To get out to the prison on time I have to head out around 5:40. It takes about twenty minutes to get there. The study starts at 6:30, so we get out there around 6:00. We have to clear security and make the walk to the chapel. If things go smoothly we're at the chapel around 6:15.

When we arrive we're greeted by Cody, Diego and Joe. Our set up crew.

The origins of the set up crew are murky. A lot of what happens in a prison depends a great deal upon your ability to convince an officer to allow you to do something, like going to the chapel early to set up.

Cody, Diego and Joe are skilled and confident talkers. A year or so ago they self-nominated themselves to become our set up crew, convincing the officers in their respective buildings to release them early so that they could help set up the chapel for our study.

And you know how it is. Once something happens once it's a tradition ever afterward. Eventually that tradition becomes expectation and something that is informal becomes formalized. Cody, Diego and Joe now have lay ins that let them come early to the chapel to help set up.

And there is a great need to set up. We have to find, collect and arrange chairs to accommodate the size of the study. So Herb and I have always been appreciative that Cody, Diego and Joe selected this job for themselves.

But more than the set up, what I appreciate most about the set up crew are the relationships. Because we get to spend some time alone each week with each other, waiting for the 50+ men to arrive, I have the closest relationships with Cody, Joe and Diego.

Everything I know about prison life and culture they have taught me.

Like how to get yourself appointed to being a set up crew.

The Addict as Prophet: Part 1, The Need for a Theology of Addiction

I'd like to share some posts walking through some insights from Kent Dunnington's book Addiction and Virtue.

If you've read Reviving Old Scratch you know that, because of my life at Freedom Fellowship, we spend a lot of our time walking alongside friends struggling with addiction. One of the reasons I've grown disillusioned with progressive Christianity is how little it talks about addiction. Addiction stalks the margins of our society, like a hungry predator, so if you want to stand in solidarity with the margins you need to have something to say about addiction. But not many Christian bloggers write about addiction.

That said, I'm not particularly impressed with conservative conversations about addiction either.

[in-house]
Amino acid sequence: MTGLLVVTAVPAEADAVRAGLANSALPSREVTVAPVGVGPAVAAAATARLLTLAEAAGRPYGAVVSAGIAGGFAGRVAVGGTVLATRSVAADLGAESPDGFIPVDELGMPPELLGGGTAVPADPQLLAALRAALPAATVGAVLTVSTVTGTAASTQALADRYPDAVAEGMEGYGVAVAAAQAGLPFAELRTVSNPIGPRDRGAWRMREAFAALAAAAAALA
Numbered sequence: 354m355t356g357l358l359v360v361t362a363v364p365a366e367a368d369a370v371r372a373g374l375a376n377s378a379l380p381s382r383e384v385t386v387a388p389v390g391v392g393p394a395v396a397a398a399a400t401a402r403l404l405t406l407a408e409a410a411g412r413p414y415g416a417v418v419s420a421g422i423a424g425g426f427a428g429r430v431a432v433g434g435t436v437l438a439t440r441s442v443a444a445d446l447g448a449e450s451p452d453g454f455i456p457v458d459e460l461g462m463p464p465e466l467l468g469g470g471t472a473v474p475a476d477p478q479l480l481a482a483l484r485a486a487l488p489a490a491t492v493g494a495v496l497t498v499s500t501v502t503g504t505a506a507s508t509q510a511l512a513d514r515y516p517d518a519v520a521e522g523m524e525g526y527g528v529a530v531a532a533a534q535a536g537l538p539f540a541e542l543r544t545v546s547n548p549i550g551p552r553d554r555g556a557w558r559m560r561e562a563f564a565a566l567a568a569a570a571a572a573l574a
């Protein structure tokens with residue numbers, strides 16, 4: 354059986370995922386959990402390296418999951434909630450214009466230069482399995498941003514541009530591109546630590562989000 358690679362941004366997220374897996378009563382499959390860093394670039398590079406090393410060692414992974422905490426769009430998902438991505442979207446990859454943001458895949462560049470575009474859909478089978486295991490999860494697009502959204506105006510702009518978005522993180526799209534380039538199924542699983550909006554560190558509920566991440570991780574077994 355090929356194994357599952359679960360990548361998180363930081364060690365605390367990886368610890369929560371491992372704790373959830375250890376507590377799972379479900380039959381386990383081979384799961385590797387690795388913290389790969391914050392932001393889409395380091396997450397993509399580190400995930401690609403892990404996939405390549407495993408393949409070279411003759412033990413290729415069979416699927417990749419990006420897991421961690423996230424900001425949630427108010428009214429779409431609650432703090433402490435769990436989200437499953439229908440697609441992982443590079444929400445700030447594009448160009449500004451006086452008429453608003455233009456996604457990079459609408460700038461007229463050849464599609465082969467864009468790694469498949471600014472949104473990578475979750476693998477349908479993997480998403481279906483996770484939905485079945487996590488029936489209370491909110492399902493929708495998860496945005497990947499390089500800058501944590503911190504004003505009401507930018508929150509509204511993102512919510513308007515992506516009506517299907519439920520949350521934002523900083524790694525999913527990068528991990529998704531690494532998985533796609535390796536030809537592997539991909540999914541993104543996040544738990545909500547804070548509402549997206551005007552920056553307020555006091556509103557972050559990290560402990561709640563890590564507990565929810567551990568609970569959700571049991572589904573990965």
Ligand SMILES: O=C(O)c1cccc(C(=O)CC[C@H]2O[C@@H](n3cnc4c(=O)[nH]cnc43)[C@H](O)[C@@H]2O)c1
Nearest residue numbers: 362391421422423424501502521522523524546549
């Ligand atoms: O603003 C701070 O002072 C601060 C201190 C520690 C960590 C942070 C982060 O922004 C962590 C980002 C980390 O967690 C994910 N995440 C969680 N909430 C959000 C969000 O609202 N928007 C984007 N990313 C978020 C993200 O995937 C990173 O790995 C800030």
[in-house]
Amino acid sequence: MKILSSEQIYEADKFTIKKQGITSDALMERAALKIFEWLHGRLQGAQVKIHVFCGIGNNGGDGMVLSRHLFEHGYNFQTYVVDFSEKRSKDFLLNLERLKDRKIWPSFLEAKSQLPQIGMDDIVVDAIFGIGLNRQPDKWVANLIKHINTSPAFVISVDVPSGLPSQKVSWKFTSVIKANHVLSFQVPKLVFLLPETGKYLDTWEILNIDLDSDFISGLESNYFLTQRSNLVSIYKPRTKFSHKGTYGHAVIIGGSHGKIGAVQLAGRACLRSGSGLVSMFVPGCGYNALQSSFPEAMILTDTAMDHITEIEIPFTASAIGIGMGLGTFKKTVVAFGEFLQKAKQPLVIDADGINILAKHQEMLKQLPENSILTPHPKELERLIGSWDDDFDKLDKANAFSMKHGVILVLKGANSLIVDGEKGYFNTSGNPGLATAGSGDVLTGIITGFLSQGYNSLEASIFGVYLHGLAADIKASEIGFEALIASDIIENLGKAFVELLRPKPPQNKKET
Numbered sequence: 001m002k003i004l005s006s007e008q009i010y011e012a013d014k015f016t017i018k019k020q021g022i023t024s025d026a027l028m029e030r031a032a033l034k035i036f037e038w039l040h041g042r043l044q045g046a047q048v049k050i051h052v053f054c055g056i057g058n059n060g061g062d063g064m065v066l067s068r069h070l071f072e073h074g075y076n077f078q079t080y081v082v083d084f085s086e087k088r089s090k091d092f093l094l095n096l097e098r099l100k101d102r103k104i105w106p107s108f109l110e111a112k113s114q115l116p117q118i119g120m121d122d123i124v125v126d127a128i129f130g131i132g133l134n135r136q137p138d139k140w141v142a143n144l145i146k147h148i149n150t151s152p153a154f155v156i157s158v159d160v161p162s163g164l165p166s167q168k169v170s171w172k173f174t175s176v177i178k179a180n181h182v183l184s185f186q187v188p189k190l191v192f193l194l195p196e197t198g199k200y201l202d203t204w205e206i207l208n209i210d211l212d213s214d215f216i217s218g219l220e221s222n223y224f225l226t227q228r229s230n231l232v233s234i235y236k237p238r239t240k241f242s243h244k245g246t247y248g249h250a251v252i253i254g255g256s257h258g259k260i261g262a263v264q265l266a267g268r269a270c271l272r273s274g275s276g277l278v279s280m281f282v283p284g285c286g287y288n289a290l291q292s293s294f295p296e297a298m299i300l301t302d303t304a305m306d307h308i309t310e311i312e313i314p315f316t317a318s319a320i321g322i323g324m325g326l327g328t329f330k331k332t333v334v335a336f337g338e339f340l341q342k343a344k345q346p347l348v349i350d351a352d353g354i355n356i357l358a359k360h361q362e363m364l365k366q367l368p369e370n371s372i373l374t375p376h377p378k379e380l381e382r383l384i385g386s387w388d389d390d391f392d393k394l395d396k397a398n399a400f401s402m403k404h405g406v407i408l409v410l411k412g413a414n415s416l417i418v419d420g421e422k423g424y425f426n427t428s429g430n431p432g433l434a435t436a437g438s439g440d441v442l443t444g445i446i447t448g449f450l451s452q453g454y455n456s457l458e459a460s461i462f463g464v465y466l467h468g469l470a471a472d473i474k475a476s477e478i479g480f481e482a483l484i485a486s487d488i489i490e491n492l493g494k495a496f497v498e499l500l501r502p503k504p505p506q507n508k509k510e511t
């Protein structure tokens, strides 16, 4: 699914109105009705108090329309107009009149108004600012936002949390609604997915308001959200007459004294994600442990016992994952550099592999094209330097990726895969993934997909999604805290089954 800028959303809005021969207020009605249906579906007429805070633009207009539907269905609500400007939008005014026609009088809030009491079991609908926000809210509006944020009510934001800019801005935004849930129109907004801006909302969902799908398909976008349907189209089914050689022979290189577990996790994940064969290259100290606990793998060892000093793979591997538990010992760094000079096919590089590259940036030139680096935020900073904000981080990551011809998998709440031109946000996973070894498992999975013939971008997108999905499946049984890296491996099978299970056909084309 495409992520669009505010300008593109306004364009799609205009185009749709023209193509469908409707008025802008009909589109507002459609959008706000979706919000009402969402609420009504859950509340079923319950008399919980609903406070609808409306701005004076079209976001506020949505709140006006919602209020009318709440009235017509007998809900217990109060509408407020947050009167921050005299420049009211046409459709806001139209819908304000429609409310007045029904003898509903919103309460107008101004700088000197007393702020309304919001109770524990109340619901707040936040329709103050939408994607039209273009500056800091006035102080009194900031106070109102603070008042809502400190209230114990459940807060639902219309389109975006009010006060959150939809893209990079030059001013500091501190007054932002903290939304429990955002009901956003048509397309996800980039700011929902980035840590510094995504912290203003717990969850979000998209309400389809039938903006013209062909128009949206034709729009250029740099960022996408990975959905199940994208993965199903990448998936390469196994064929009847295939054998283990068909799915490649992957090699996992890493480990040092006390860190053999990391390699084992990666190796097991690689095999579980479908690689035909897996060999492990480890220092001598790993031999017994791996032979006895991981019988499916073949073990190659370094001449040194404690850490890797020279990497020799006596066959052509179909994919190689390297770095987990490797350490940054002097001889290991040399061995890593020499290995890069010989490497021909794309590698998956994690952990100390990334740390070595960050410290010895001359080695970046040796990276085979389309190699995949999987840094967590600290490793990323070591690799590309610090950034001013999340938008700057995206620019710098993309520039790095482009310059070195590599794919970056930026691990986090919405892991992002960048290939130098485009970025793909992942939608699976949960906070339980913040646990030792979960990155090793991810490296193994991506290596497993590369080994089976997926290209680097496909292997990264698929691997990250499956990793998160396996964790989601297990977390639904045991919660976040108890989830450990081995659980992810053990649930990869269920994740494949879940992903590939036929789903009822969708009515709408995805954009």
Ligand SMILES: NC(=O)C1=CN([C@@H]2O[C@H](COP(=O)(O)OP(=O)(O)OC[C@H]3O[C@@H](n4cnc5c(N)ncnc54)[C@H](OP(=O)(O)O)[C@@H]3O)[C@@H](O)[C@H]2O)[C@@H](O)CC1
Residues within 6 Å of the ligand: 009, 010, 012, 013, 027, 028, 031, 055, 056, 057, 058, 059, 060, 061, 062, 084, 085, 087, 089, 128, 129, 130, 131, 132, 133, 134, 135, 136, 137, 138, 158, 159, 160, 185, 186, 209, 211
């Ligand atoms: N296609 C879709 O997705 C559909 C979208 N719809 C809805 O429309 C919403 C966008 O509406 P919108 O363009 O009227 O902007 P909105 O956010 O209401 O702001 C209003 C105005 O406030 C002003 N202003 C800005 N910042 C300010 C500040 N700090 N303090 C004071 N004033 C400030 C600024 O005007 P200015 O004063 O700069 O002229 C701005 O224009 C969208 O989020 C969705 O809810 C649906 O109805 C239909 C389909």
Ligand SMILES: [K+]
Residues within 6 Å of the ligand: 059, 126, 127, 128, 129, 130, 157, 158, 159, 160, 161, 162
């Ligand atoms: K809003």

In short, there's a gap here in our theological reflection, among both conservatives and progressives, and I think Dunnington's book is a provocative and helpful contribution.

And if you don't know a lot about addiction in America let me suggest you pick up Sam Quinones' Dreamland: The True Tale of America's Opiate Epidemic as a place to get started.

Start Passing the Peace: Part 3, We Need a Liturgy of Peace

I think the main reason I'd like to see churches passing the peace is because if our world needs a liturgy right now that liturgy is passing the peace.

We're all so divided, polarized and angry at each other. Even in our own pews. So it seems to me that it might be a good idea if we all started practicing, week in and week out, looking each other in the eye and saying "Peace be with you."

Right now, other than the Eucharist, I can't imagine a more important and necessary liturgy for us. A stand-and-greet-your-neighbors liturgy isn't going to cut it. We need to practice extending peace to each other.

Seriously, to lament our polarized, divided and fractured churches, communities and nation and to not practice passing the peace is liturgical and political malpractice.

It's Spiritual Formation 101. You can't become something you're not willing to practice.

Dear churches, start passing the peace.

Start Passing the Peace: Part 2, The Foundation of Christian Community

Socially and pragmatically, passing the peace is a hospitable liturgy for introverts and for those who are struggling on a Sunday morning. The Christ-focused script--"The peace of Christ be with you."--helps the introverts and it doesn't force us to pretend.

But the deeper reason for why passing the peace is a better liturgy than the "let's stand and greet those around you" liturgy is that passing the peace focuses us on the true foundation of Christian community.

The problem with the "greeting time" liturgy is that it asks us, in sixty awkward seconds, to find some common ground between yourself and a stranger. You ask those standard get-to-know you questions, looking for some point of connection.